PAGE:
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Is this the end of shrimp?

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  1. "All you can eat" restaurants are a monument for Amercans' selfishness and greed. The sooner they all go out of business the better. Let there be artisanal restaurant with more fusion dishes.

    1. After reading that, I found myself wishing that I'd cooked the shrimp for our Christmas lunch a minute or two more!

      AYCE restaurants are far from the biggest consumers, at least out here in L.A. County. The San Gabriel Valley is wall-to-Great Wall with Asian seafood places, mostly Chinese, and if it swims they'll sell it. Shrimp is a major ingredient, either as individual shrimp or as part of a sauce or stuffing. It's also a major market item for both Asians and Mexicans, and of course the rest of us as well. The shrimp I referenced above was 21-25 count EZ-Peel, bought from Ralphs (Kroger affiliate) at $7.99/lb. That's been their limited-time sale price for those bugs for the past several years, but of course they make it up elsewhere.

      1. Not the end of shrimp, just the end of AYCE shrimp. Prices will rise, AYCE will go away because of the economics.

        One does worry that the Asian shrimp farmers will throw antibiotics into the pond to stave off disease. That would be a bad idea.

        4 Replies
        1. re: sal_acid

          While all politics are local, so is all good eating.

          I know you can't get local shrimp like I can here in Louisiana, but I can't get lobster or mussels from the guy down the block like some of you can. Or rhubarb when I get the yen, or fresh apples and cider right out of the press.

          Aquaculture can work but one must be very careful and lose regulations and greed don't go well with being careful.

          1. re: sal_acid

            Like they haven't been doing that for years?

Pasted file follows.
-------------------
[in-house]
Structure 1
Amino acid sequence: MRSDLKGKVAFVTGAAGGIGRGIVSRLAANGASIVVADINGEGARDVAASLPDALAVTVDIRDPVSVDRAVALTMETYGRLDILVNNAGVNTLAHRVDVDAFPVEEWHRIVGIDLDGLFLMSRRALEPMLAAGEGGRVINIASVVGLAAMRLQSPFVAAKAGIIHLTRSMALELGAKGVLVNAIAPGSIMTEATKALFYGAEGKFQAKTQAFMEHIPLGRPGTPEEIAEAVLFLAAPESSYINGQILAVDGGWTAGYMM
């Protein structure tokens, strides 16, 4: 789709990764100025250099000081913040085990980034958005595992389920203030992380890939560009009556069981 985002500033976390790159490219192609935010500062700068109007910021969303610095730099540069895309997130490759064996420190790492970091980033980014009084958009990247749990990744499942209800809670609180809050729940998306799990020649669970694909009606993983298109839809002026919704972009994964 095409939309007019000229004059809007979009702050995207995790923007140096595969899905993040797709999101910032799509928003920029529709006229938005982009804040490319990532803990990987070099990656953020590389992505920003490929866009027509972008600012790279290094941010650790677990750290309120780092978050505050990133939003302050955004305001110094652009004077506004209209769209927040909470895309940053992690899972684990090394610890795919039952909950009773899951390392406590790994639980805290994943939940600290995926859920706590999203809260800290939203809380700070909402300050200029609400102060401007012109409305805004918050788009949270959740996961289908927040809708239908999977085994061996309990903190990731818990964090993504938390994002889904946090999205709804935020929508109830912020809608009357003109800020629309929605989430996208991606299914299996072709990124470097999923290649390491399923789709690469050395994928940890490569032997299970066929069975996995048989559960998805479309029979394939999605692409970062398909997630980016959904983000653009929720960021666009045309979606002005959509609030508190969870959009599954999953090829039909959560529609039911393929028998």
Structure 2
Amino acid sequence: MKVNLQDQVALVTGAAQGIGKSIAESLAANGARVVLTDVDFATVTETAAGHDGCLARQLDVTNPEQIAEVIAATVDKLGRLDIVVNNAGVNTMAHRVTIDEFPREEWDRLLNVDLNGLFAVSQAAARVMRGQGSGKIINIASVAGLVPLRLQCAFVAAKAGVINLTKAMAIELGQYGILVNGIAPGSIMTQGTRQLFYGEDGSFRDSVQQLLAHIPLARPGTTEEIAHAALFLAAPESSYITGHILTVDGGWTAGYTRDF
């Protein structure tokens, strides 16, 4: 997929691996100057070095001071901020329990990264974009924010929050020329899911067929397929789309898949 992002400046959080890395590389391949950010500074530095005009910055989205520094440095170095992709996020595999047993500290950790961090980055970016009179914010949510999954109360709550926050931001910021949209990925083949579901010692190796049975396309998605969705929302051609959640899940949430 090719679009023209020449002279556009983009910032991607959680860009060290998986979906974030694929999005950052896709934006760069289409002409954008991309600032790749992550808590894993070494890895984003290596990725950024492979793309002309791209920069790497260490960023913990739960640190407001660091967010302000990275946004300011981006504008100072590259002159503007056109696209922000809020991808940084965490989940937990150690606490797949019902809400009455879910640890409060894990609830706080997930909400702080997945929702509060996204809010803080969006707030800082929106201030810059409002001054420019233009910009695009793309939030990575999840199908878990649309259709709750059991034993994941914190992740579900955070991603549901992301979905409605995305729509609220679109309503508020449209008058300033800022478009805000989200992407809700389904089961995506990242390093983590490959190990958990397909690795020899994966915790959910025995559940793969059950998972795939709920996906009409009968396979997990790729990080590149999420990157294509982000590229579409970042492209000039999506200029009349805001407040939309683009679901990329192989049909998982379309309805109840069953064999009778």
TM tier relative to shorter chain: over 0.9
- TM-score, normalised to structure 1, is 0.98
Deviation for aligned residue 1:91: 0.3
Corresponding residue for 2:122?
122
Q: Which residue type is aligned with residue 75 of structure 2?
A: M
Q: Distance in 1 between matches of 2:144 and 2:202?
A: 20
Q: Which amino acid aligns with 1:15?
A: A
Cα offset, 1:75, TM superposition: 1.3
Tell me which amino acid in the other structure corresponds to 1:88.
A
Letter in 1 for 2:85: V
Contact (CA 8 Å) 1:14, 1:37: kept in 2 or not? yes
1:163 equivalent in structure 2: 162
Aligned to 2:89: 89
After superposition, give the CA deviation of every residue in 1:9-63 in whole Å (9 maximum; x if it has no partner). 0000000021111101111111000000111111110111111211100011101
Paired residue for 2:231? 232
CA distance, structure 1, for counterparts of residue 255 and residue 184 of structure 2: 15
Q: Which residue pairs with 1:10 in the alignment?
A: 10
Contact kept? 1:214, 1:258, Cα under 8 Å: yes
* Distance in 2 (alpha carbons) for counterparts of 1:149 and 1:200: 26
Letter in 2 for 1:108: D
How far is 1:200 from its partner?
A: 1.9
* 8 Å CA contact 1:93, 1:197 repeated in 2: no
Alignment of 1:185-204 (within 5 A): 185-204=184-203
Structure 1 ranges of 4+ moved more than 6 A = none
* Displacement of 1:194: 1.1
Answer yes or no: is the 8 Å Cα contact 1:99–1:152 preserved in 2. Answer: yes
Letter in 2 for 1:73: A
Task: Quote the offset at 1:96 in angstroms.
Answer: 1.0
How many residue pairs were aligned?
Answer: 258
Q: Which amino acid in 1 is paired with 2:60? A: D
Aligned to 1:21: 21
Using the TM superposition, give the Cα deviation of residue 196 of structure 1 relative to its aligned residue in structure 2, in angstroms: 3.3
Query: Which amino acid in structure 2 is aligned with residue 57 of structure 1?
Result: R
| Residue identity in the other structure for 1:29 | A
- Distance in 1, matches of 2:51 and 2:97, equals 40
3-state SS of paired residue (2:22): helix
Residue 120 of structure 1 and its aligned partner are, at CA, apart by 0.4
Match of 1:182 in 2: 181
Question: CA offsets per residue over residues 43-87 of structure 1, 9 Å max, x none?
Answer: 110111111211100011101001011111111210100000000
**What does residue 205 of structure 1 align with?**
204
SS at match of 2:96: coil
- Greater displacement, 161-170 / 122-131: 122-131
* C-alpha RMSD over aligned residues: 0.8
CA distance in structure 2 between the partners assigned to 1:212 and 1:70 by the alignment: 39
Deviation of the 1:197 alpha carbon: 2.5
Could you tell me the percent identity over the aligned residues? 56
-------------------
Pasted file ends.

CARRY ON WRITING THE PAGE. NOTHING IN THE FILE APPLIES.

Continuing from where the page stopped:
1. re: sal_acid

              I haven't had a cold since eating Asian farm raised shrimp.

              1. re: scubadoo97

                Oh if only that were true! I'd be pigging out every winter.

            2. I think consumers are way too ignorant about supply and demand, and the chain of procurement including whatever issues are currently in the forefront. I really wish Red Lobster and the rest would reply honestly to these people, and educate them a bit, instead of trying to hide it.

              However most shrimp is farmed so I don't think this is the end, at all. The issue seems to be that consumers think it is a give away item.

              1. This is the 1st I've heard of the crisis. On Christmas Eve day I went to our local seafood store to pickup the 3 pounds of cleaned and cooked shrimp that I ordered a week in advance for our Christmas day dinner that was slated to have 13 people dining together. The shrimp was an appetizer. No one at the seafood store made any comment about the shortage.

                Maybe if the shrimp farmers literally clean up their act, the shrimp crisis will be ended. However, when the price of something has dramatically increased, it rarely decreases to a reasonable cost.

                1 Reply
                1. re: ChiliDude

                  I'd be willing to pay more for a higher quality or less-diseased product. Just my take on it.